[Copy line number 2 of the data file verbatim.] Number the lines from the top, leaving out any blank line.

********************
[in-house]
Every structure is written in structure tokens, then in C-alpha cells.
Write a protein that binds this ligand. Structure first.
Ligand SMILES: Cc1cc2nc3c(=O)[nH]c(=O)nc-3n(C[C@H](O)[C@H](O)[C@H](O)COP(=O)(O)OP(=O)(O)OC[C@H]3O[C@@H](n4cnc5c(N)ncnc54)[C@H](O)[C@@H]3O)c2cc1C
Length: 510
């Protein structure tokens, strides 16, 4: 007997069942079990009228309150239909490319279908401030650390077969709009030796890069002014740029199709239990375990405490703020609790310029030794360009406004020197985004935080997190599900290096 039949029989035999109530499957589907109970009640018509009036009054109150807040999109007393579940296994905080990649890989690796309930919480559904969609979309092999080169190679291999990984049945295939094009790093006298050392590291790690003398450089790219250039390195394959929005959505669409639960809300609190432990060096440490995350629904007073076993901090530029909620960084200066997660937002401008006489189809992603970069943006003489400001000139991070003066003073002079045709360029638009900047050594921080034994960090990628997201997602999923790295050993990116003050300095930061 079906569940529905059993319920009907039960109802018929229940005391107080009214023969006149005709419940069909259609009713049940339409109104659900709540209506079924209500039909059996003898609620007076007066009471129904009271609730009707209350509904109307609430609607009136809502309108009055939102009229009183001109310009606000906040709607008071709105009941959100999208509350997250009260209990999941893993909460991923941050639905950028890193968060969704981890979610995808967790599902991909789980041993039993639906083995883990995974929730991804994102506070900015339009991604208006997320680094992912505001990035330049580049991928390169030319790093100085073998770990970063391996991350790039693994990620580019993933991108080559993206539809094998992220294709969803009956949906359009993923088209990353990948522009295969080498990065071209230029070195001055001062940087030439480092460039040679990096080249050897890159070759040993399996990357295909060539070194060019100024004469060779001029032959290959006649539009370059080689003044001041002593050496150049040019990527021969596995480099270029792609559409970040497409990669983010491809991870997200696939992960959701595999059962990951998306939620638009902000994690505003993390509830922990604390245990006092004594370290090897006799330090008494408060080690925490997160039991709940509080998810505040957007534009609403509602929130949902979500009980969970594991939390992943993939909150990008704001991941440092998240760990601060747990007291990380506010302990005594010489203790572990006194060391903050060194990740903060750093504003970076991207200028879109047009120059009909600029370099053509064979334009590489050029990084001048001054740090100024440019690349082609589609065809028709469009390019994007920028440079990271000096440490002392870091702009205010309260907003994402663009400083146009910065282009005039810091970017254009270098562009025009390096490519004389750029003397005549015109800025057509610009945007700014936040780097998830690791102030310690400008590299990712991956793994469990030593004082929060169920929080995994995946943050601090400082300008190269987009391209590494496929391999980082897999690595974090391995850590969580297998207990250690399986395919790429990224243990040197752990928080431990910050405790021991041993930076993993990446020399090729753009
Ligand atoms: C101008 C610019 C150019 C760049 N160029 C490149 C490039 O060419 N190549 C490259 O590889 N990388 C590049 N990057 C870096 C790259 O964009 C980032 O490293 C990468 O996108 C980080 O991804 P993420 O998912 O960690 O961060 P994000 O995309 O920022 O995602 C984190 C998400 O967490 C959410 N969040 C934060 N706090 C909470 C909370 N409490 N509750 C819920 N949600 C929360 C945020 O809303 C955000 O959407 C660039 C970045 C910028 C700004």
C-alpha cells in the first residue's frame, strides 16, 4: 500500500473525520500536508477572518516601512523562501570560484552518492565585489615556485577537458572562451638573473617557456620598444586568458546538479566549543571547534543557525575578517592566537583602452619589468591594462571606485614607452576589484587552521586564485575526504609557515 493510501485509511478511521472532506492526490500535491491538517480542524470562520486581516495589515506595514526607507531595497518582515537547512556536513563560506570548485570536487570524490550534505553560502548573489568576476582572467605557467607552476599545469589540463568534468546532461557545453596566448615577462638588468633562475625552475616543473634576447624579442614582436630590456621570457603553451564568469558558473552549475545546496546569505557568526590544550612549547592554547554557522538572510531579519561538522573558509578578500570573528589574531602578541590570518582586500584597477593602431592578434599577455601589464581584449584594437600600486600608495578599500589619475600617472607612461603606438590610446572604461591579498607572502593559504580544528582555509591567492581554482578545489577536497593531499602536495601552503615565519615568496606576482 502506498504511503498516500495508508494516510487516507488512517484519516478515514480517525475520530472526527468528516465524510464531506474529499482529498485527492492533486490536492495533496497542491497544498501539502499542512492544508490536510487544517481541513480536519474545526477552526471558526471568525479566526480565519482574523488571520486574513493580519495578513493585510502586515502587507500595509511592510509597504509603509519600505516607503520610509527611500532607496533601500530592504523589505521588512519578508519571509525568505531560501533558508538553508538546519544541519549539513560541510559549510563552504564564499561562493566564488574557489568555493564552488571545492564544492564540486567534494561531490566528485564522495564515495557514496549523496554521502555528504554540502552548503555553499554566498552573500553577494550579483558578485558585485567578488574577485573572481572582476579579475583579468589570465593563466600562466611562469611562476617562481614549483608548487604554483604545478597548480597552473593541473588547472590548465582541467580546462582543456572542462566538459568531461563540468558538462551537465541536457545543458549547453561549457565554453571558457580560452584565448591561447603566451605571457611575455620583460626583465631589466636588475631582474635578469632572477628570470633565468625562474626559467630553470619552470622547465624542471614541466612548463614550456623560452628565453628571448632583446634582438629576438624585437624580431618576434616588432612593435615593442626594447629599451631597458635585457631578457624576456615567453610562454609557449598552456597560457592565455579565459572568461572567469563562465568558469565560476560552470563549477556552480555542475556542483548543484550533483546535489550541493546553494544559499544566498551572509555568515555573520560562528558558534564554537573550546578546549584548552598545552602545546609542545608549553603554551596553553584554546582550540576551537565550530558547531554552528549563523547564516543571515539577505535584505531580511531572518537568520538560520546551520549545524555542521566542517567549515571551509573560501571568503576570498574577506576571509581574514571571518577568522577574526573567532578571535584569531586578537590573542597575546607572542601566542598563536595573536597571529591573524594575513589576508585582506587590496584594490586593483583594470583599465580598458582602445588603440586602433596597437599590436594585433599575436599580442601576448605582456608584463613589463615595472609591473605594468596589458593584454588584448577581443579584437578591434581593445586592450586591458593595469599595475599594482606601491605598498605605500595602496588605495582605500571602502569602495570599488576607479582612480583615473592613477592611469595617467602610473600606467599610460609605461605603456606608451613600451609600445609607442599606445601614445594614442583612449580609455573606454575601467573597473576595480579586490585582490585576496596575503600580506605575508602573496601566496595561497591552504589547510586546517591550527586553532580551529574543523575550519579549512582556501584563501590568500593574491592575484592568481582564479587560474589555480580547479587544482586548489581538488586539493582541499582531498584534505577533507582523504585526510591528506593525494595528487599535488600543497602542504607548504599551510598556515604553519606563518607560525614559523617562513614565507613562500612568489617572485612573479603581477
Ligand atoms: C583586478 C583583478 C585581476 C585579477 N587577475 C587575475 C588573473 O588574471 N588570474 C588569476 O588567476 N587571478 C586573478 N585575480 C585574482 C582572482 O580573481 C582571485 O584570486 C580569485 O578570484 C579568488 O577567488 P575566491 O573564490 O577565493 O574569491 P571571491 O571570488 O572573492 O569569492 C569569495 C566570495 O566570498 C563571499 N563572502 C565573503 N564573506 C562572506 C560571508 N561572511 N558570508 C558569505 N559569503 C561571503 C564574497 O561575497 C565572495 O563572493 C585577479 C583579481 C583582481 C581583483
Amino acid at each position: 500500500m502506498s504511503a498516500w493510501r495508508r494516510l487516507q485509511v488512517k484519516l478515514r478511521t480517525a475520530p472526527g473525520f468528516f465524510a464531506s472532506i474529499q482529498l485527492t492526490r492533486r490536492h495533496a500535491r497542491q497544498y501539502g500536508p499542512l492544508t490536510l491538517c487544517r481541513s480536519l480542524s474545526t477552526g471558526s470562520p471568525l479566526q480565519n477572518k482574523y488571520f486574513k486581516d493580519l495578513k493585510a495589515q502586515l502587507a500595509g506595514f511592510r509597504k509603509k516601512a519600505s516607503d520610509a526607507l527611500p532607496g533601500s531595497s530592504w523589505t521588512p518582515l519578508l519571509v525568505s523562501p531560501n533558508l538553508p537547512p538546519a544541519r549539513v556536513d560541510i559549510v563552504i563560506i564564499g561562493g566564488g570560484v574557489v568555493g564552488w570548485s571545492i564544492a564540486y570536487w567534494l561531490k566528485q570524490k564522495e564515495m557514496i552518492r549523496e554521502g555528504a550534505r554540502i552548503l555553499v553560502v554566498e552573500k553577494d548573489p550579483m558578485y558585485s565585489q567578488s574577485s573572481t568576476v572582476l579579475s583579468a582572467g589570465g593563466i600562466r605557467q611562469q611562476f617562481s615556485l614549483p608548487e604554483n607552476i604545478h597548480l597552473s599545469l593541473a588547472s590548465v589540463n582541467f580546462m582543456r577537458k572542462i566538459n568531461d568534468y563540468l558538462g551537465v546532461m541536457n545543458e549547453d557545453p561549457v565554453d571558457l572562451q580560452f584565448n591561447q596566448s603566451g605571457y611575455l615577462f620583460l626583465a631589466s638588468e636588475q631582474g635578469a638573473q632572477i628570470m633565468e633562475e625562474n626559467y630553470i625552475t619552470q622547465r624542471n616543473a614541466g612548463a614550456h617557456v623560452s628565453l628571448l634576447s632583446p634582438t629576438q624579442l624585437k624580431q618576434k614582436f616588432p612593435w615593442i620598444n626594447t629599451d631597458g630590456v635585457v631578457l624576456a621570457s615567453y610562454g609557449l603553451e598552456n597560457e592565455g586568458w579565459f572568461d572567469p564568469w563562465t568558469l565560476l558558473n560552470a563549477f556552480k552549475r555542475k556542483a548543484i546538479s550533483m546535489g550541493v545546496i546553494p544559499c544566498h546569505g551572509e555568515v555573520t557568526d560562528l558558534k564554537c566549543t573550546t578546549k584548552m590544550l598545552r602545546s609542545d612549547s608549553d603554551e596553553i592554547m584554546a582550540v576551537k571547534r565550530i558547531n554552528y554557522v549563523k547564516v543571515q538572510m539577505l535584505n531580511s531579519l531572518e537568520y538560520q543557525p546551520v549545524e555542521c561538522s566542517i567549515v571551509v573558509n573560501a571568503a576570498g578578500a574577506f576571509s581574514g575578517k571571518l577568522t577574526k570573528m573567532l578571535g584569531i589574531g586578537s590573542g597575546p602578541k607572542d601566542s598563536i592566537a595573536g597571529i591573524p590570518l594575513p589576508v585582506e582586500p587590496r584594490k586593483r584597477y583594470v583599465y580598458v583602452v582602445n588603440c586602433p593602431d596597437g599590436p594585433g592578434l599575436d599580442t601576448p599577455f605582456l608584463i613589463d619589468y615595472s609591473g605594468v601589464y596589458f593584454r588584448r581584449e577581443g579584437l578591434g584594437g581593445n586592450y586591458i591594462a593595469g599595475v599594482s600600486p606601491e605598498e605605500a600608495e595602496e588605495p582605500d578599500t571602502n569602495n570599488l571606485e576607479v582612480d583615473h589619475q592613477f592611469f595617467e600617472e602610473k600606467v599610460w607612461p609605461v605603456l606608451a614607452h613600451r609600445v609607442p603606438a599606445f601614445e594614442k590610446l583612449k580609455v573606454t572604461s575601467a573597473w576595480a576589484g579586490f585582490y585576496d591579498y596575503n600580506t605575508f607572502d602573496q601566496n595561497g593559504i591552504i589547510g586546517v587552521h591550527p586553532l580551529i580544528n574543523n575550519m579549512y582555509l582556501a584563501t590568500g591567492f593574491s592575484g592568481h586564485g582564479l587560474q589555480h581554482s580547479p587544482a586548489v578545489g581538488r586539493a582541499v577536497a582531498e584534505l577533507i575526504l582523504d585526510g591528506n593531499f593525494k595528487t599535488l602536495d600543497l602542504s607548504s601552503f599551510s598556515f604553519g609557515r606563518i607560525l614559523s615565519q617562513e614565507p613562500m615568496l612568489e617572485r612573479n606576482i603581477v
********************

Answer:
Every structure is written in structure tokens, then in C-alpha cells.